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Press Release 05-22-2024

EEOC Sues All Day Medical Care Clinic for Discriminating Against Employee for Not Disclosing Disability During Job Interview

Maryland Health Care Provider Terminated Employee with Vision Impairments for Requesting Reasonable Accommodation on First Day of Work

BALTIMORE – All Day Medical Care Clinic, LLC, which operates five medical clinics in Maryland, violated federal law by firing its scheduling assistant on her first day of work shortly after she requested reasonable accommodations for her visual impairments, the U.S. Equal Employment Opportunity Commission (EEOC) charged in a lawsuit filed today.

According to the EEOC’s lawsuit, after the scheduling assistant informed All Day Medical Care Clinic about her vision impairments and need for accommodation, the employer questioned why she did not raise these issues in her interview, and immediately terminated her. The employer ignored her later communications asking to remain employed, as well as subsequent overtures from her vocational representative to install and fund the accommodations, the EEOC said.

Such alleged conduct violates the Americans with Disabilities Act (ADA), which prohibits employers from soliciting information pertaining to an applicant’s disability prior to a job offer. The ADA also prohibits an employer from refusing to employ a worker who might need a reasonable accommodation in an attempt to avoid accommodating the employee’s disability. The EEOC filed suit in U.S. District Court for the District of Maryland (EEOC v. All Day Medical Care Clinic, LLC, Civil Action No. 1-24-cv-01477-JRR, after first attempting to reach a pre-litigation settlement through its conciliation process. The EEOC seeks back pay, compensatory damages, and punitive damages for the employee, and injunctive relief to remedy and prevent future discrimination based on disability.

“Under the ADA, job applicants do not need to reveal their disabilities before being hired,” said Debra Lawrence, regional attorney for the EEOC’s Philadelphia District Office. “When an employer penalizes an employee for not raising issues of disability and reasonable accommodation during the job interview, it is requiring the employee to reveal information the employee legally does not have to divulge. An employer must engage in the interactive process when an employee raises issues of reasonable accommodation.”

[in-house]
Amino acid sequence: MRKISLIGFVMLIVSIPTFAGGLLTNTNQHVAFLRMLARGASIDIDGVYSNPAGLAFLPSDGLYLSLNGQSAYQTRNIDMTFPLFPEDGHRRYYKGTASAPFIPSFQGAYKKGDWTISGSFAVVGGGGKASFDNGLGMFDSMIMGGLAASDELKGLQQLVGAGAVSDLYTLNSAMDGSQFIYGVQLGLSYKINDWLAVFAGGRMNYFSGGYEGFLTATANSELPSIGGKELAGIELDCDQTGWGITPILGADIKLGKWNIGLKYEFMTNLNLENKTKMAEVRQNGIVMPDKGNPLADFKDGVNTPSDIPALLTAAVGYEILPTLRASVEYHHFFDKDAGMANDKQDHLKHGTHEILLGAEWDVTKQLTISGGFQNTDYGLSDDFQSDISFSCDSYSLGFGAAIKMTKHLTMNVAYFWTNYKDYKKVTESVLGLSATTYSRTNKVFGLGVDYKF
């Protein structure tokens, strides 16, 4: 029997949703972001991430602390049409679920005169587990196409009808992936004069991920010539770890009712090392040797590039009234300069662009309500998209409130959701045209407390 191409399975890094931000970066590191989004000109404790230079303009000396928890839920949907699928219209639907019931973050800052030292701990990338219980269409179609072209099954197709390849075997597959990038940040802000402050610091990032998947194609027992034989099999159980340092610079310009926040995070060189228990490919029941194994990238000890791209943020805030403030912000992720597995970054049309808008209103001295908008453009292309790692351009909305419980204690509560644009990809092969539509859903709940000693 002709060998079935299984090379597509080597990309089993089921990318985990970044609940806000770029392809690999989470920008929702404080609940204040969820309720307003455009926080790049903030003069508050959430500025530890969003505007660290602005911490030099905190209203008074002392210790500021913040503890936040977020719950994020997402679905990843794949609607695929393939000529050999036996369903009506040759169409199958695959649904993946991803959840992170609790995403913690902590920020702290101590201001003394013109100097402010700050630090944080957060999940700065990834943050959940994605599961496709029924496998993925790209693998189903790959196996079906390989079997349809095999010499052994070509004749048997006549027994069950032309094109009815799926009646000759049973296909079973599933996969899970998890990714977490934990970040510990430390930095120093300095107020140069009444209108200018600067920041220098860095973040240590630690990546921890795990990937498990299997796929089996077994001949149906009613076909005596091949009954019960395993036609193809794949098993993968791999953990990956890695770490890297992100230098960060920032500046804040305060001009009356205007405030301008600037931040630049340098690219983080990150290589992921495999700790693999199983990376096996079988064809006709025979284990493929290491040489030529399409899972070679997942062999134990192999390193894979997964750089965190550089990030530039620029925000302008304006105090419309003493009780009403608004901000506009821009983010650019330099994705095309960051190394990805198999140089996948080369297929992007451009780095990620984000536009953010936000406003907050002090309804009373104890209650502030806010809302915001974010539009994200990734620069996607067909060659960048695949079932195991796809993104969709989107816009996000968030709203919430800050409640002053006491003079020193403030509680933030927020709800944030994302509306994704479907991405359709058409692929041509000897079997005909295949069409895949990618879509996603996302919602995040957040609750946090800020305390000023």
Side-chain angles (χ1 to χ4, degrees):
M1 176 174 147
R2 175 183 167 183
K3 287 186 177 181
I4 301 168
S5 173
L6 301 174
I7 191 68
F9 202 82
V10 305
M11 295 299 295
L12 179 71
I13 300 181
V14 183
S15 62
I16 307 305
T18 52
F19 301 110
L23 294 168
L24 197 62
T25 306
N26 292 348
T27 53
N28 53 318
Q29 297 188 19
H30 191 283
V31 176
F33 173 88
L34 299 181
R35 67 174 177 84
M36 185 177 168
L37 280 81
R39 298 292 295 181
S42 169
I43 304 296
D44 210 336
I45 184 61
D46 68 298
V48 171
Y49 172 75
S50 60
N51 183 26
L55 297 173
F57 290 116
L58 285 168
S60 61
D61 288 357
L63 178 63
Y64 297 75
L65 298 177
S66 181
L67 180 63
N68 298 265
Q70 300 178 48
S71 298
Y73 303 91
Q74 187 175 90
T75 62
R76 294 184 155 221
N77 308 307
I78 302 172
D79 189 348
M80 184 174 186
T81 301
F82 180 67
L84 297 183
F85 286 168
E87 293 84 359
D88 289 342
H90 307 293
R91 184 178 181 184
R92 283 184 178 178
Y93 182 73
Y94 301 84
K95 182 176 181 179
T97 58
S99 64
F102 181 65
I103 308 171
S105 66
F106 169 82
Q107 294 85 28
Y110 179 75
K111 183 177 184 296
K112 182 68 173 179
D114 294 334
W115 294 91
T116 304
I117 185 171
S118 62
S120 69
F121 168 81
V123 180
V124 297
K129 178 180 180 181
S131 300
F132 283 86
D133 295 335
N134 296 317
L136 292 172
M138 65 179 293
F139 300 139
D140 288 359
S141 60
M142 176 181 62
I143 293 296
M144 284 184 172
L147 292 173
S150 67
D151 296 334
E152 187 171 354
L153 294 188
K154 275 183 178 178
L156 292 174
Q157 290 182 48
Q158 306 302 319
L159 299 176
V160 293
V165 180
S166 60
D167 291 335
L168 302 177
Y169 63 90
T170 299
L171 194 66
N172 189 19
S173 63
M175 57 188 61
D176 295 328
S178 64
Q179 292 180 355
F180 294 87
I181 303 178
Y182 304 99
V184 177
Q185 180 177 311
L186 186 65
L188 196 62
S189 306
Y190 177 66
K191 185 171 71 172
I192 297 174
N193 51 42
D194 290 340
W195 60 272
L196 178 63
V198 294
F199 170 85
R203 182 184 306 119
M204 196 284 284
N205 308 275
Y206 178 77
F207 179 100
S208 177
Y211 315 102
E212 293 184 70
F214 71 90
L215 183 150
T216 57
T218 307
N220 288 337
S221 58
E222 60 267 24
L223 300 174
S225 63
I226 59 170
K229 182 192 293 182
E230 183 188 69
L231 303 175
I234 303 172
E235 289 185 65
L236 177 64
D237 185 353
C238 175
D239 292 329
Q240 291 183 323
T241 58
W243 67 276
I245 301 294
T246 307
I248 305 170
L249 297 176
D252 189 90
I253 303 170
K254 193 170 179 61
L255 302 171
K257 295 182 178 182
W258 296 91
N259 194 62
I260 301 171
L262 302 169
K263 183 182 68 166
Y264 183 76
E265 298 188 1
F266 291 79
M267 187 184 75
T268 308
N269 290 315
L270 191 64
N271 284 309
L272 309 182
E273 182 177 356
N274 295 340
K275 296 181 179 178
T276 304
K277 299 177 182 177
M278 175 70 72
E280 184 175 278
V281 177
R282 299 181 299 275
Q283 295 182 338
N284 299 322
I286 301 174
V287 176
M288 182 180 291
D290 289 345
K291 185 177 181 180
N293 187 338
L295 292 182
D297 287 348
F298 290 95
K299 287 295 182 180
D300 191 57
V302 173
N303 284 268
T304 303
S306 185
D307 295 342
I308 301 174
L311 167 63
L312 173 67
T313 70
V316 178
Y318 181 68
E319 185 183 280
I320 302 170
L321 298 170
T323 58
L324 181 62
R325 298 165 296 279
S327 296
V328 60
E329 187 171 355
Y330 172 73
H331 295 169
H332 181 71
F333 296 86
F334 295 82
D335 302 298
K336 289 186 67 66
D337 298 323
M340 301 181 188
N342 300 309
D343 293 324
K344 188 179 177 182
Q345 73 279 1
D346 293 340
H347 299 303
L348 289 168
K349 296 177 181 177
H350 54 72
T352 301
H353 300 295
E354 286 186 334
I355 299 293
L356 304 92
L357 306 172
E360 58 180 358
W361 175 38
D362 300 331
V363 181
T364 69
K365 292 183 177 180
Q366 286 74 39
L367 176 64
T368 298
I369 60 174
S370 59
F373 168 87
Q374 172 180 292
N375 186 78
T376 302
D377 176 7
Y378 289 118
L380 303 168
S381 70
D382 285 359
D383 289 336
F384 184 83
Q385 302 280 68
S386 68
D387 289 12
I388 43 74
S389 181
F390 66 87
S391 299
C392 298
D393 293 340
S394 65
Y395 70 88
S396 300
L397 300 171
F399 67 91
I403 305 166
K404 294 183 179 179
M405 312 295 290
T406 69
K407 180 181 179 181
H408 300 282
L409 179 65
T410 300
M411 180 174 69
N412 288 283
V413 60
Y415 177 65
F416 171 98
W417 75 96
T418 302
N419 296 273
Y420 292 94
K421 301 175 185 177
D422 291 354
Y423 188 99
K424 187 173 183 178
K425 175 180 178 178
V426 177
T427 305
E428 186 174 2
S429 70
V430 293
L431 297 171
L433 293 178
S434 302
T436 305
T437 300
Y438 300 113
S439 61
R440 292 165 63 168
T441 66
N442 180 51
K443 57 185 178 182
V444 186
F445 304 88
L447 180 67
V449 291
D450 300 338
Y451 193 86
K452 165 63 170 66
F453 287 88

Rosemarie Rhodes, director of the EEOC’s Baltimore Field Office, said, “Employees should not live in fear that a request for a reasonable accommodation will result in the loss of their employment. The EEOC is committed to enforcing the ADA to protect the rights of all workers.”

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The lawsuit was initiated by the EEOC’s Baltimore Field Office, one of four local offices of the agency’s Philadelphia District Office. The Philadelphia District Office has jurisdiction over Maryland, Pennsylvania, West Virginia, Delaware, and portions of New Jersey and Ohio. Attorneys in the Philadelphia District Office also prosecute discrimination cases in Washington, D.C., and portions of Virginia.

The EEOC prevents and remedies unlawful employment discrimination and advances equal opportunity for all. More information is available at Stay connected with the latest EEOC news by subscribing to our email updates.